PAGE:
Ventilation rates in schools
Clements-Croome, D. J., Awbi, H. B. and Williams, M. (2005) Ventilation rates in schools. In: Yang, X., Zhao, B. and Zhao, R. (eds.) Indoor Air 2005: Proceedings of the 10th International Conference on Indoor Air Quality and Climate, Vols 1-5. Tsinghua University Press, Beijing, pp. 3223-3227. ISBN 9787894948304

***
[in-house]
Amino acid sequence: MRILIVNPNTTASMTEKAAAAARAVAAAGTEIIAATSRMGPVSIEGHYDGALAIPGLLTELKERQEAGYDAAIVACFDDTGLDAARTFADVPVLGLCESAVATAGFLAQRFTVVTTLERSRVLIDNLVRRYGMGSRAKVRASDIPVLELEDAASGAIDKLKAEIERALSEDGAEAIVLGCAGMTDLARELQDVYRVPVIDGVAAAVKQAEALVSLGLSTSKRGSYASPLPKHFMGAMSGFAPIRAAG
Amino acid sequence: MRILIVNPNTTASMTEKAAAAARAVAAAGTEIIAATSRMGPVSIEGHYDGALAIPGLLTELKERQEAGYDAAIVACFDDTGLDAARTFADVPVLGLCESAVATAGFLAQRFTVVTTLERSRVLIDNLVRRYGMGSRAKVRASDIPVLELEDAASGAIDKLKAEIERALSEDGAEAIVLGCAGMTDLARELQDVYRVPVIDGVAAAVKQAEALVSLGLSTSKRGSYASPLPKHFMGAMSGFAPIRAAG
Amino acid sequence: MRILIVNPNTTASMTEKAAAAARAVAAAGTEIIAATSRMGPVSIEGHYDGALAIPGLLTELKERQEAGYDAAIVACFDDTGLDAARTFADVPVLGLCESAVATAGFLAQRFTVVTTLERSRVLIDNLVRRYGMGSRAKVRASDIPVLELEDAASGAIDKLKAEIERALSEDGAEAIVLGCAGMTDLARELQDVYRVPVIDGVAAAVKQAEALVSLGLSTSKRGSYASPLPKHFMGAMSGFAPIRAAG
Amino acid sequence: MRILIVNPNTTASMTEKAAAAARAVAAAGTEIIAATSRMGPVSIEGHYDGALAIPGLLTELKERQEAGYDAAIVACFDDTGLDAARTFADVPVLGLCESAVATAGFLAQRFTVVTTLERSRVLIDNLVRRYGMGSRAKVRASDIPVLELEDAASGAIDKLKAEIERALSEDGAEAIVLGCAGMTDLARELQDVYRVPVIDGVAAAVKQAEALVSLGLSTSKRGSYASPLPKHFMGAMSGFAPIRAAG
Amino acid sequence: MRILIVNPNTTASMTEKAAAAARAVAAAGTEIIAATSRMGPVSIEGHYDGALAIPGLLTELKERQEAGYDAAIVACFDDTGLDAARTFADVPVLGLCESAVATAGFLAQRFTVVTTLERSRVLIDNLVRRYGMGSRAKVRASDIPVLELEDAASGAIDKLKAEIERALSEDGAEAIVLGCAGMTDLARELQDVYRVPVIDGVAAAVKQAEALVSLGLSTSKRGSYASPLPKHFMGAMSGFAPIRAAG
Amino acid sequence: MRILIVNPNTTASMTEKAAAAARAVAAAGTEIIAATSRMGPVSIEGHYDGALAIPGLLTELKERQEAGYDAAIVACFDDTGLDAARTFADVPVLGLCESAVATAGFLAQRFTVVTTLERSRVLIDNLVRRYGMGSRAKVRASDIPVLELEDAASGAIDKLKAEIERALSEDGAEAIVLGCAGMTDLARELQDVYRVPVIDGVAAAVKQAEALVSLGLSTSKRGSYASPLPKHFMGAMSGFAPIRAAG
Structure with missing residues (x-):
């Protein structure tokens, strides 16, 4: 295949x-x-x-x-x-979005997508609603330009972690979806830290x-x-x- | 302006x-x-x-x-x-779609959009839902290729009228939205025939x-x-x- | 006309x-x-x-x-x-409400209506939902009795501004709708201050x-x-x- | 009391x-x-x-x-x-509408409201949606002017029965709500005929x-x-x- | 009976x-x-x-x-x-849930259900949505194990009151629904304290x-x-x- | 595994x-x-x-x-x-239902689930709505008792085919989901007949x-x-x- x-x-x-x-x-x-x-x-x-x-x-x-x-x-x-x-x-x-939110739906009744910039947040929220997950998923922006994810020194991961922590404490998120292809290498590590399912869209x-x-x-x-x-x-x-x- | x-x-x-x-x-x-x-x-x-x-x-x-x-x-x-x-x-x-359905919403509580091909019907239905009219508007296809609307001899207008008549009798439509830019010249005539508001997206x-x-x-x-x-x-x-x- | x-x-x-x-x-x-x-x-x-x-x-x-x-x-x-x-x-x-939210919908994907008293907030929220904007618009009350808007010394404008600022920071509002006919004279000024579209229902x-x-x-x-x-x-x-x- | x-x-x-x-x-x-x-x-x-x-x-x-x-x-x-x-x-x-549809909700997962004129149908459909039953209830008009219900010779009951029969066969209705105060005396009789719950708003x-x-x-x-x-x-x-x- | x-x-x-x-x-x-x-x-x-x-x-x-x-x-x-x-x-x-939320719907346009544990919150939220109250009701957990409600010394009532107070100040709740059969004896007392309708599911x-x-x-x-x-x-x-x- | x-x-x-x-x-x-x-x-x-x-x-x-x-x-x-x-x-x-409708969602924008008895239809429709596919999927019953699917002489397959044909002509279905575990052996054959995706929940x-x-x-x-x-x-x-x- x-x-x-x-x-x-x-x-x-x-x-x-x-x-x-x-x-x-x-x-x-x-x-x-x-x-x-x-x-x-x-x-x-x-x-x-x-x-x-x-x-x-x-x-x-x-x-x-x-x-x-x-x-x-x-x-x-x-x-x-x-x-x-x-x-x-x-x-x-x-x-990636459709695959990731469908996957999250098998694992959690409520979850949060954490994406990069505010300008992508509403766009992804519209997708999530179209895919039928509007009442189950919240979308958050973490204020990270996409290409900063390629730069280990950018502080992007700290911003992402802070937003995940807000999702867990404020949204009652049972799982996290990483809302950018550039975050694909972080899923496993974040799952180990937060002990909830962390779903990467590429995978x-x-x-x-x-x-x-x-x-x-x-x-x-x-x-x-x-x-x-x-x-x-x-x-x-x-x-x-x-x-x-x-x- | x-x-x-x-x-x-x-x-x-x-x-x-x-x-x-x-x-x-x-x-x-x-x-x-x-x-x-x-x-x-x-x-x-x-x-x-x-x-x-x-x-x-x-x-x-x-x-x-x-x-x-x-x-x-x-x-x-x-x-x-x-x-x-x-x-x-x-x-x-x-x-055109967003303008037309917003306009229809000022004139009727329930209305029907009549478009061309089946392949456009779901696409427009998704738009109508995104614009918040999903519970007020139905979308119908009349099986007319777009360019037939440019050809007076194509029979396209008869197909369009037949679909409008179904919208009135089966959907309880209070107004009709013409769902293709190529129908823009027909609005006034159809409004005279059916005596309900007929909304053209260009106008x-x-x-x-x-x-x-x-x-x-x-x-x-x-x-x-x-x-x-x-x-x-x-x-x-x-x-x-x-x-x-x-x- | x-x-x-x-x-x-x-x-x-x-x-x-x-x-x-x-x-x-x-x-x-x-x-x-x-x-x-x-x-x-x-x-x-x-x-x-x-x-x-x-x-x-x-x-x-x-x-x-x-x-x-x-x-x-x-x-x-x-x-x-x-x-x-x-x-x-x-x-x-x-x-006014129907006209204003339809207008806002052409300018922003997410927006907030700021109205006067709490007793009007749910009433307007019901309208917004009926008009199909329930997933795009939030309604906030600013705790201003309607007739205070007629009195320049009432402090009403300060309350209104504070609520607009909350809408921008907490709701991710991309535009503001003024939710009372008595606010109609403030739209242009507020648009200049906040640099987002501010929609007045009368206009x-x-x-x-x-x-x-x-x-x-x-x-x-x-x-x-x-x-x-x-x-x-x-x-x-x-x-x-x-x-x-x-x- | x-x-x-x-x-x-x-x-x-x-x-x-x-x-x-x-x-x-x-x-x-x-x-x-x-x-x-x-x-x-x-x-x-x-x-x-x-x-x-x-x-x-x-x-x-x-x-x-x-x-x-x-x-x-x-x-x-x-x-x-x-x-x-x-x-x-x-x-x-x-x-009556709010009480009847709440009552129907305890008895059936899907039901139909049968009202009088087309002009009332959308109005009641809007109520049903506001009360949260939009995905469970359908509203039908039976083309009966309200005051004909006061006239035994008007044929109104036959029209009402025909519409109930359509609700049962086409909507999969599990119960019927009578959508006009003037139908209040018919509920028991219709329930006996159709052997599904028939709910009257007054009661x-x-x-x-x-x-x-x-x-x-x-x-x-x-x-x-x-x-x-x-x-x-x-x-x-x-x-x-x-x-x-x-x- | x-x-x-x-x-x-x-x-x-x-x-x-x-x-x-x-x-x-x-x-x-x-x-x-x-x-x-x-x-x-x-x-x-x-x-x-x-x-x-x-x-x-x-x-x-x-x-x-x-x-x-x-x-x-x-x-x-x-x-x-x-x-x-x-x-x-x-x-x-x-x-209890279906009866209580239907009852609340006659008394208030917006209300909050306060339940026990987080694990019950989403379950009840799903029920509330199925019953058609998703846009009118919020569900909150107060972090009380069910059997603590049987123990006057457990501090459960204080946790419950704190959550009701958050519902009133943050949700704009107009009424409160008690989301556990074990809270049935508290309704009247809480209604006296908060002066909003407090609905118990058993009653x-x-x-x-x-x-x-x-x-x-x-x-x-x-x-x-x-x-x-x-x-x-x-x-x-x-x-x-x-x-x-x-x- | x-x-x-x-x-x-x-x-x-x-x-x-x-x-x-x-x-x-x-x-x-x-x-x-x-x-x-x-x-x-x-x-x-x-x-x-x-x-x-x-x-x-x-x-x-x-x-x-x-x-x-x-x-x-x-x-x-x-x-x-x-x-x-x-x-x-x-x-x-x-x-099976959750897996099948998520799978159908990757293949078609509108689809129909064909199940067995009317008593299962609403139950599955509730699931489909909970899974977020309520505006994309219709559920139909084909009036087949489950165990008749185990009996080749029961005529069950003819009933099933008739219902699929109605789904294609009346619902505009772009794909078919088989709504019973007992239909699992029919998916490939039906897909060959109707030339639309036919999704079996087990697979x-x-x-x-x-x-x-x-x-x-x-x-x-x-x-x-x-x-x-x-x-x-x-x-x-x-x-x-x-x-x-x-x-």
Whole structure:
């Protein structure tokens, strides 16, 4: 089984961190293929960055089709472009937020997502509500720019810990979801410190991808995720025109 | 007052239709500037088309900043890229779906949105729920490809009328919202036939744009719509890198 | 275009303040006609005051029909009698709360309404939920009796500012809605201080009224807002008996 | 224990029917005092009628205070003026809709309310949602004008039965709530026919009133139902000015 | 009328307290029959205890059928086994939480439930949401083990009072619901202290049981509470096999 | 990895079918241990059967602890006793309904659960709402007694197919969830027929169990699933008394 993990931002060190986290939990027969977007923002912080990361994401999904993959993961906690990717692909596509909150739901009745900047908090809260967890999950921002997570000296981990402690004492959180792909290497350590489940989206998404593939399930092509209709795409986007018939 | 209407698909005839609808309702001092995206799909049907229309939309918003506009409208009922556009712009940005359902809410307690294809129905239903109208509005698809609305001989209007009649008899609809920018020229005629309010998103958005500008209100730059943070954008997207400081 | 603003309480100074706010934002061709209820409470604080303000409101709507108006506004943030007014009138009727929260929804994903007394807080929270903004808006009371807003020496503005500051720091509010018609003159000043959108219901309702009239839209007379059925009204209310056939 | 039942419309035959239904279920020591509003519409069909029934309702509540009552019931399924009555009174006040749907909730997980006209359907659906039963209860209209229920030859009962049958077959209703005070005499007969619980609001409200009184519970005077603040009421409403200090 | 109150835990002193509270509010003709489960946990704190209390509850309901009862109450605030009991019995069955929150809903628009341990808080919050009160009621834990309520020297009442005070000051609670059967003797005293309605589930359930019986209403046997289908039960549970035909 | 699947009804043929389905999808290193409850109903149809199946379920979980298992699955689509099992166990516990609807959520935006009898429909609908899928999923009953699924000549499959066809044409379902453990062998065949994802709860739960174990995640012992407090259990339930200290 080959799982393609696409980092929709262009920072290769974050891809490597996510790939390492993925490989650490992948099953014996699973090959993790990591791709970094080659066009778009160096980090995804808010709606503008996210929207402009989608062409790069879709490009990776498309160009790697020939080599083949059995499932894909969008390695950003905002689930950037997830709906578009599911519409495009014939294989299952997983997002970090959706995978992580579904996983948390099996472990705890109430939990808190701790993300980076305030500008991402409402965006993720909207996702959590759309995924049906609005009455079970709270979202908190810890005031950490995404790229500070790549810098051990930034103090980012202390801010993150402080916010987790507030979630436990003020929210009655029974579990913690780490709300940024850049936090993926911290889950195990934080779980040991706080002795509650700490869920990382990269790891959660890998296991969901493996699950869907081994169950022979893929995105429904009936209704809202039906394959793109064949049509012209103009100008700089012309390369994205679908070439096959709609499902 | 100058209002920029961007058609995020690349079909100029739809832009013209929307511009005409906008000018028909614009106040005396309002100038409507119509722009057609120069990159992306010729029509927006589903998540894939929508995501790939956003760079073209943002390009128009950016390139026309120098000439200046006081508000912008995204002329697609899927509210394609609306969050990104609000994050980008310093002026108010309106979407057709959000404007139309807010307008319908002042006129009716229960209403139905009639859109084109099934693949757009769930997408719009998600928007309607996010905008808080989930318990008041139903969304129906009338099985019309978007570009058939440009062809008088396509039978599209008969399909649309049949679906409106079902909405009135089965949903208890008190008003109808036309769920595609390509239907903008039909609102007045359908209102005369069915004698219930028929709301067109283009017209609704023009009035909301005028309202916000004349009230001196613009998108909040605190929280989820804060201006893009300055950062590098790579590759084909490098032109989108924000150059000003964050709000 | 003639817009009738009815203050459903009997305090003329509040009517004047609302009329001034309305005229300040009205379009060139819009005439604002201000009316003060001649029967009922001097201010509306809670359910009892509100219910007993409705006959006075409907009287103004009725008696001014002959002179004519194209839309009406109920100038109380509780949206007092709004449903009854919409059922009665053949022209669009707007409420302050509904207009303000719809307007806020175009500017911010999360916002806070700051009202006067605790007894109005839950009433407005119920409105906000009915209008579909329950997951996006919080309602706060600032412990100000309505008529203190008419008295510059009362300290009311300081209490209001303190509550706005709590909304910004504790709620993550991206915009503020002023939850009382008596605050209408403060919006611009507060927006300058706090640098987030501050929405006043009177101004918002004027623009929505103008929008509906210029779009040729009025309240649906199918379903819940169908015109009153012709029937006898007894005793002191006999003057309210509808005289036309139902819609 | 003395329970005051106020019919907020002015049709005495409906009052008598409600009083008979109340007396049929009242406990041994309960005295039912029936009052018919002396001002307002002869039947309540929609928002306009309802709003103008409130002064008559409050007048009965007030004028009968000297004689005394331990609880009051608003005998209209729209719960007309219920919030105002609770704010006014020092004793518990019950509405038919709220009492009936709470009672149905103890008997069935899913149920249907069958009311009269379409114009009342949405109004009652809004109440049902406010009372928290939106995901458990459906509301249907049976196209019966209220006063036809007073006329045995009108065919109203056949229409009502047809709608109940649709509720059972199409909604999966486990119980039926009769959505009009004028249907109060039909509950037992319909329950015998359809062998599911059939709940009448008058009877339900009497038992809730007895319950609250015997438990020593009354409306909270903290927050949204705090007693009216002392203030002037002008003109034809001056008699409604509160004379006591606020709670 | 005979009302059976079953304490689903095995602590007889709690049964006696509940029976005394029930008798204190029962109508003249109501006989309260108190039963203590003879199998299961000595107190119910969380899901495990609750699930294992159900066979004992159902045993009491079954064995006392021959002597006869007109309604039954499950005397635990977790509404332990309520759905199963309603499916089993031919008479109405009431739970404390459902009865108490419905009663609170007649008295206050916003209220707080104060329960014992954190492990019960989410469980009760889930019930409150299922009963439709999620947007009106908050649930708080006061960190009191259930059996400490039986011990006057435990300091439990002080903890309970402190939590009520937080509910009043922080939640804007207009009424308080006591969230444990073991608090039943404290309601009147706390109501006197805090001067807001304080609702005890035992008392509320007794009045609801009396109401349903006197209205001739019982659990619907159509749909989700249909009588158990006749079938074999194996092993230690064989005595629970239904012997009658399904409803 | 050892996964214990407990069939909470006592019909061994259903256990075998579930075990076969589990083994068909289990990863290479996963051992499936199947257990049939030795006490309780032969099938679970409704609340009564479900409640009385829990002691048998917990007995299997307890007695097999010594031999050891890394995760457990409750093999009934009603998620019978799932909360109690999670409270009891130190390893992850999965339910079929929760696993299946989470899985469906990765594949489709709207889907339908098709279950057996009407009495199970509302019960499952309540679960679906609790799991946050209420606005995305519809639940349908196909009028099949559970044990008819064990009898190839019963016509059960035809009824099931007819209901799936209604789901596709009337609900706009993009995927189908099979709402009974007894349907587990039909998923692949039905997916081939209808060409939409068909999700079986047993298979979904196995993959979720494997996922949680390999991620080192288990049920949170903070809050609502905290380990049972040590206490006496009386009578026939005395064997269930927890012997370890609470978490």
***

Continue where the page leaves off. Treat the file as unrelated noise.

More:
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Research shows that poor indoor air quality in school buildings can cause a reduction in the students' performance assessed by short term computer based tests; whereas good air quality in classrooms can enhance children's concentration and also teachers' productivity. Investigation of air quality in classrooms helps us to characterise pollutant levels and implement corrective measures. Outdoor pollution, ventilation equipment, furnishings, and human activities affect indoor air quality. In school classrooms the occupancy density is high (1.8 to 2.4 m(2)/person) compared to offices (10 m(2) /person). Ventilation systems expend energy and there is a trend to save energy by reducing ventilation rates. We need to establish the minimum acceptable level of fresh air required for the health of the occupants. This paper describes a project which will aim to investigate the effect of indoor air quality and ventilation rates on pupils' performance and health using psychological tests. The aim is to recommend suitable ventilation rates for classrooms and examine the suitability of the air quality guidelines for classrooms.